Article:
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martha cooper    the eyes of city walls, dance and melodies Martha Cooper was born in Baltimore (the city put back on the map by the incredible TV series The Wire). Like many other young liberal American women, she joined the Peace Corps and worked in Thailand as a volunteer. There, she bought a motorbike and travelled to London. She graduated in ethnology in Oxford and was straightaway on a plane to the Big Apple after accepting a job offer to work on the New York Post.
As well as the photographic work she carried out for the newspaper, she began to develop her own work. She started taking portrait photos of kids and youngsters she met on the streets of Brooklyn. That was until she met a child named Edwin. Edwin would tell her stories based around all the different graffiti that began appearing all over the borough. That child showed her that the characteristics of each graffiti, the clues to identifying the signature of each artist and the street movement that was beginning to take shape were all a part of a new language. An intelligent photographer with studies in anthropology and ethnography really had no other option. Cooper began to graphically document the graffiti and the culture that was springing up around it. She met the “King of Graffiti”, Dondi, a young half-Afro-American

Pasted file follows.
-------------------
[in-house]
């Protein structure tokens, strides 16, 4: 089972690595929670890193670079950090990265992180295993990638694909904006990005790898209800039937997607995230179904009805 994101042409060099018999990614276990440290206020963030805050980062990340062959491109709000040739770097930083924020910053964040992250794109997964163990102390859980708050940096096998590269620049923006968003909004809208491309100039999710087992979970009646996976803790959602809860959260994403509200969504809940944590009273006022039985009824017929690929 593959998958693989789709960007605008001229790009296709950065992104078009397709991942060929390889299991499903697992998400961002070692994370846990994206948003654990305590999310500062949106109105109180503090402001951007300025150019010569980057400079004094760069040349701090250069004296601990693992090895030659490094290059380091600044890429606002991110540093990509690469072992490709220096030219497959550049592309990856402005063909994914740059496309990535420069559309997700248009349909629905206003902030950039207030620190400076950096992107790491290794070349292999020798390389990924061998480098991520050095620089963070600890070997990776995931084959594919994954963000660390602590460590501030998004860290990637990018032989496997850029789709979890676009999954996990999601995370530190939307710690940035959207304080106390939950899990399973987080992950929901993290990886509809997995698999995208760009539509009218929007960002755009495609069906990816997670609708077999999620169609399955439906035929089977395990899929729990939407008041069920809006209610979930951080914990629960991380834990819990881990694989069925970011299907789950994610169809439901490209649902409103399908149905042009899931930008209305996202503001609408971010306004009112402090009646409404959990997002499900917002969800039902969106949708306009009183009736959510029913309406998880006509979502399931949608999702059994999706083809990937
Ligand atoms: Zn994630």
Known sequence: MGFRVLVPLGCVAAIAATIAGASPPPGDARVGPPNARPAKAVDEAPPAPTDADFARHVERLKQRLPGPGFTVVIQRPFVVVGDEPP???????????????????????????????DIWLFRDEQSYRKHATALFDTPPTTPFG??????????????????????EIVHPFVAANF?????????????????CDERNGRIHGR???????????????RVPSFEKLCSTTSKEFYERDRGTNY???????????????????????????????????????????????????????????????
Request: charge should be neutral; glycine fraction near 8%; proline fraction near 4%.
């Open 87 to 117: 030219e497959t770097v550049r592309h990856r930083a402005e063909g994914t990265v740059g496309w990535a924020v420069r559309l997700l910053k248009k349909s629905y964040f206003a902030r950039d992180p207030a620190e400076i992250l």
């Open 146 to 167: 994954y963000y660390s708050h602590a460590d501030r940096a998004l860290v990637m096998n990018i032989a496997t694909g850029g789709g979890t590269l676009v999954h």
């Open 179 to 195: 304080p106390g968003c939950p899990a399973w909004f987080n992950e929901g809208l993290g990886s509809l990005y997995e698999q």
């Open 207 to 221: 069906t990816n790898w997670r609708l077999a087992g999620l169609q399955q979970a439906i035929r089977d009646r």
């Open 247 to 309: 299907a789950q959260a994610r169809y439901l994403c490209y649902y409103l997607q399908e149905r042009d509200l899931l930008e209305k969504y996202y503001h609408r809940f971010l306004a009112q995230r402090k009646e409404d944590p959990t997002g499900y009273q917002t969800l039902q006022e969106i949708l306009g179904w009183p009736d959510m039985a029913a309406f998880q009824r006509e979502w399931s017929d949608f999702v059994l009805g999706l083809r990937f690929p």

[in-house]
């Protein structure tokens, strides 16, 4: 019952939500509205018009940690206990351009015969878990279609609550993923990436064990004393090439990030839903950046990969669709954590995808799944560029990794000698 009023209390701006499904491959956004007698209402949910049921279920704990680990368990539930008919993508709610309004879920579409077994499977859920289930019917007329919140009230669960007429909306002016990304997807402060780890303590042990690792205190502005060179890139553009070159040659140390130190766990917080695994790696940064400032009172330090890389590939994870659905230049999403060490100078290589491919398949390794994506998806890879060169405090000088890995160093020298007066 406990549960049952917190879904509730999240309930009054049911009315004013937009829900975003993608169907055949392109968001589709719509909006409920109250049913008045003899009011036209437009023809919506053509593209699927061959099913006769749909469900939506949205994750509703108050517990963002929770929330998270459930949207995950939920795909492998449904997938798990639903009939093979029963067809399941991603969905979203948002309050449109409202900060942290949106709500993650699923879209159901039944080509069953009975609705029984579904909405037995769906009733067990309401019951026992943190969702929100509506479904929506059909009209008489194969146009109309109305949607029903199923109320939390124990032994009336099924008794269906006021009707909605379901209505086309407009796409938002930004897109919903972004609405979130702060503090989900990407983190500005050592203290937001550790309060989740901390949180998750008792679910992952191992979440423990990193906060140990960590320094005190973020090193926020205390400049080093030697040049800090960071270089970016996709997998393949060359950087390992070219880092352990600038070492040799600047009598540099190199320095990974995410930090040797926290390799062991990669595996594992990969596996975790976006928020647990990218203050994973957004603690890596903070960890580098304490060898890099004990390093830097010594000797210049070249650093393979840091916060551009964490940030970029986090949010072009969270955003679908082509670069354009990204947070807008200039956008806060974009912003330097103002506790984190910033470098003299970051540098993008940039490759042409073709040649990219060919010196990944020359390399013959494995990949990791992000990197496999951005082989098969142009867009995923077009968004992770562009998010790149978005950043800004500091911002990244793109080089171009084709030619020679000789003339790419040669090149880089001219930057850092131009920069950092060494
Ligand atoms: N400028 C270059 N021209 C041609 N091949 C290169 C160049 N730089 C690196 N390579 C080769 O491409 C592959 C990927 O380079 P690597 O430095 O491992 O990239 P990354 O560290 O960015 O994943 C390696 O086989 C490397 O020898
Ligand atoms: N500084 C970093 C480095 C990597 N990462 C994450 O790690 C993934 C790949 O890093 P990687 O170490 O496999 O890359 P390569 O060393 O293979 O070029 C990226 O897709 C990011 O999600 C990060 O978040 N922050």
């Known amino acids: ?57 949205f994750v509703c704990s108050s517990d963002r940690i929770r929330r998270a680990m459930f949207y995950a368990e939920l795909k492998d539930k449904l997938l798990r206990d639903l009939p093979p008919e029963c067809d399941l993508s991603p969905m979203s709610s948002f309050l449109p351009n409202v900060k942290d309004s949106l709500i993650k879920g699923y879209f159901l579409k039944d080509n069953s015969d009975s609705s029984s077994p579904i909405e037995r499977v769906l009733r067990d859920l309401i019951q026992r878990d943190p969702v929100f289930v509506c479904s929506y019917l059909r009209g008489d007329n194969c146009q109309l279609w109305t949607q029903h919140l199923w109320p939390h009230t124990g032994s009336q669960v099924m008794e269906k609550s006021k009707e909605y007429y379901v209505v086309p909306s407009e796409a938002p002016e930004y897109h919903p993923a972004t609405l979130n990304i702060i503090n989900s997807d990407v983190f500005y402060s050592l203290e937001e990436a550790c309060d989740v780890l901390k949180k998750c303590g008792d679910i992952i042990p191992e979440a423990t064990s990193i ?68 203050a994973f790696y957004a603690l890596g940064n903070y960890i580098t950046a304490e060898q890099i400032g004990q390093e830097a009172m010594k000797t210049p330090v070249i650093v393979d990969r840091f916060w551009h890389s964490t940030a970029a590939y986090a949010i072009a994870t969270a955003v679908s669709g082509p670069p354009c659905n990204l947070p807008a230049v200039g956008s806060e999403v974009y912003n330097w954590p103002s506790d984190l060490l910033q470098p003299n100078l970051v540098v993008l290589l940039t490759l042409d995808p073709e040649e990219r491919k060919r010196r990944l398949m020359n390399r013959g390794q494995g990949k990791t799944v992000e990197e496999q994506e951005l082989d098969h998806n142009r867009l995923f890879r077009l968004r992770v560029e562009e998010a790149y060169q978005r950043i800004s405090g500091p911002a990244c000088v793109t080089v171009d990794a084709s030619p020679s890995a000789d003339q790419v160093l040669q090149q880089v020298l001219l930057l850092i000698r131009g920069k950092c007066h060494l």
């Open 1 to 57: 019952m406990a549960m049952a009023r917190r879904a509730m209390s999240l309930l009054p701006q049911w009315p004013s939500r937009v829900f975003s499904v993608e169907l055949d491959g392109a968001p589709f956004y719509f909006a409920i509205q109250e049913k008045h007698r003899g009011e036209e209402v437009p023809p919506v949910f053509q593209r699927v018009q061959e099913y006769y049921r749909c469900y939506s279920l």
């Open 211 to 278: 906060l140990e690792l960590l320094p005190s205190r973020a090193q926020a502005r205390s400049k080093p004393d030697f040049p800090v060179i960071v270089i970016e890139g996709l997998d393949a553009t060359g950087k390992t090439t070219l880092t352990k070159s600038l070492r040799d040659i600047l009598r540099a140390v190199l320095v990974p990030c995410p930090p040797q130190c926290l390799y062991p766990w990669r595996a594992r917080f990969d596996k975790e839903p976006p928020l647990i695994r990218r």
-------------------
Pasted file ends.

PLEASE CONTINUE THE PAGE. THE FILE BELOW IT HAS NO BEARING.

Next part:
half-Italian, and he showed her the graffiti he was doing in the underground and trains and she started photographing him. In 1984, along with Henry Chalfant, she published the now mythical book Subway Art. What was originally regarded as a collection of portrait photographs of kids has become the graphic memory of the graffiti and rap scene in the 70s and 80s borough life in New York. Nowadays, when we see Cooper’s works we see the birth and growth of graffiti as an art form, the beginnings of rap and hip-hop and also the creation of street-dance like break-dance and the such. Thanks to Martha Cooper’s imagery, we have witnessed the growth of what originally grew from the black and Latino boroughs, has undergone and changes through time and has become a movement that has eventually spread all over the world. The passing of time has also caused something quite strange to happen to Cooper’s photographs. Just as she brought the city walls and their contents to photographs, street artists have taken her work and have returned it to the streets using many different supports (graffiti, stencils, stickers...). For instance, Shepard Fairey (Obey) has made street art icons of several of Cooper’s photographs from that time.